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Here’s Why You Should Care About Persons Day
October 18, 2013
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(Photo: Richard Baer/Flickr)

Each year on October 18, Persons Day is celebrated in Canada. Sound a little... generic? It's anything but. It actually celebrates a turning point in the struggle for equal rights for women in this country. Here's the story.

Before 1929, two crucial words in the British North America Act, our original constitution, separated women from men before the law: “qualified persons.” Although the majority of Canadian women got the vote by 1919, they still couldn't be appointed to the Senate, because only "qualifed Persons" were fit for the role — and British common law tradition held that that didn't include women. It took a determined group of women known as the Famous Five to change things.

Leading the group was Emily Murphy, an Edmonton women's rights activist who was a popular candidate for the Senate, and who sought to figure out, once and for all, whether the BNA Act allowed her to sit there. Murphy, along with her co-activists Henrietta Muir Edwards, Nellie McClung, Louise McKinney and Irene Parlby, persuaded the Federal government to ask the Supreme Court of Canada for clarity on the issue. The court ruled that, yes, women were indeed "persons," but no, they would not have been "qualified" in the eyes of the drafters of the BNA Act. But in those days, the Supreme Court wasn't the last word in Canada.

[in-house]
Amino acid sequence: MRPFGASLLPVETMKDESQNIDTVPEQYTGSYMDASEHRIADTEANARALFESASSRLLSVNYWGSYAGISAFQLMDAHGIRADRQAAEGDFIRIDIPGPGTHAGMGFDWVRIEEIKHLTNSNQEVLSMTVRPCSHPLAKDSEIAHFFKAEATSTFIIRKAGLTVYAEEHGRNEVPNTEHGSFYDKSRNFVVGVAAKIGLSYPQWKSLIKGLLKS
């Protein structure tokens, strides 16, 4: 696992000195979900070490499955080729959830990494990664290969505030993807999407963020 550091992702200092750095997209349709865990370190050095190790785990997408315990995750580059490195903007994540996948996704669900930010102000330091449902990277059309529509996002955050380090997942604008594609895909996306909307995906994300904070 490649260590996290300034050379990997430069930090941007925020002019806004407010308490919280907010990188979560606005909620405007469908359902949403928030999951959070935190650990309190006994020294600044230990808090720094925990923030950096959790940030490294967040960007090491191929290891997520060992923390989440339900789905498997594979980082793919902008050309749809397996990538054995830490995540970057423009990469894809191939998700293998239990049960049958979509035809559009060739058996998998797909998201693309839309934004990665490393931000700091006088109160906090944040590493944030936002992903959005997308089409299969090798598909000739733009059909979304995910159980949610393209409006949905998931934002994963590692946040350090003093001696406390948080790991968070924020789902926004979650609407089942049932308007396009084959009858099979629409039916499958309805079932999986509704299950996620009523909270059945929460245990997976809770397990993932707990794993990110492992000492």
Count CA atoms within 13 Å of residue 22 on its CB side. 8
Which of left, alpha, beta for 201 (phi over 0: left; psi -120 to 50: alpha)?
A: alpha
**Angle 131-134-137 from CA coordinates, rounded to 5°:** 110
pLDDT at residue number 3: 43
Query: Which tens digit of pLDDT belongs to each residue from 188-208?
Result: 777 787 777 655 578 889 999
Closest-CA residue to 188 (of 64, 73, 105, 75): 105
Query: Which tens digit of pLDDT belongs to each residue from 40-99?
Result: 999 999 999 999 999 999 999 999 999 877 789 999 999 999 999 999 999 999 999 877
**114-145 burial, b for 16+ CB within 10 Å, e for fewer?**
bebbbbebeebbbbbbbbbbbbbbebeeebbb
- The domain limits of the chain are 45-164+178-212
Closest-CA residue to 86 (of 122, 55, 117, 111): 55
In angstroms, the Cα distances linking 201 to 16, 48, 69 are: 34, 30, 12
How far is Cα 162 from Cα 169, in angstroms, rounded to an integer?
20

The Famous Five appealed the case to the Judicial Committee of the Privy Council, the highest court in the British Empire at the time. In a landmark ruling, which came to be known as the Persons decision, the committee overturned the Supreme Court and changed Canadian history:

The exclusion of women from all public offices is a relic of days more barbarous than ours.... The word "person" as above mentioned may include members of both sexes, and to those who ask why the word should include females, the obvious answer is why should it not.

Although Murphy was not appointed to the Senate (the first woman would be Cairine Wilson, in 1930), the decision was a milestone for equal rights in Canada, and it inaugurated an approach to the constitution that recognized that its interpretation should change along with society. And that's why you should care about Persons Day.

Every year, five individuals are recognized for their advances toward the equality of women at the Governor General’s Awards in Commemoration of the Persons Case. This year’s recipients will be announced later this month.

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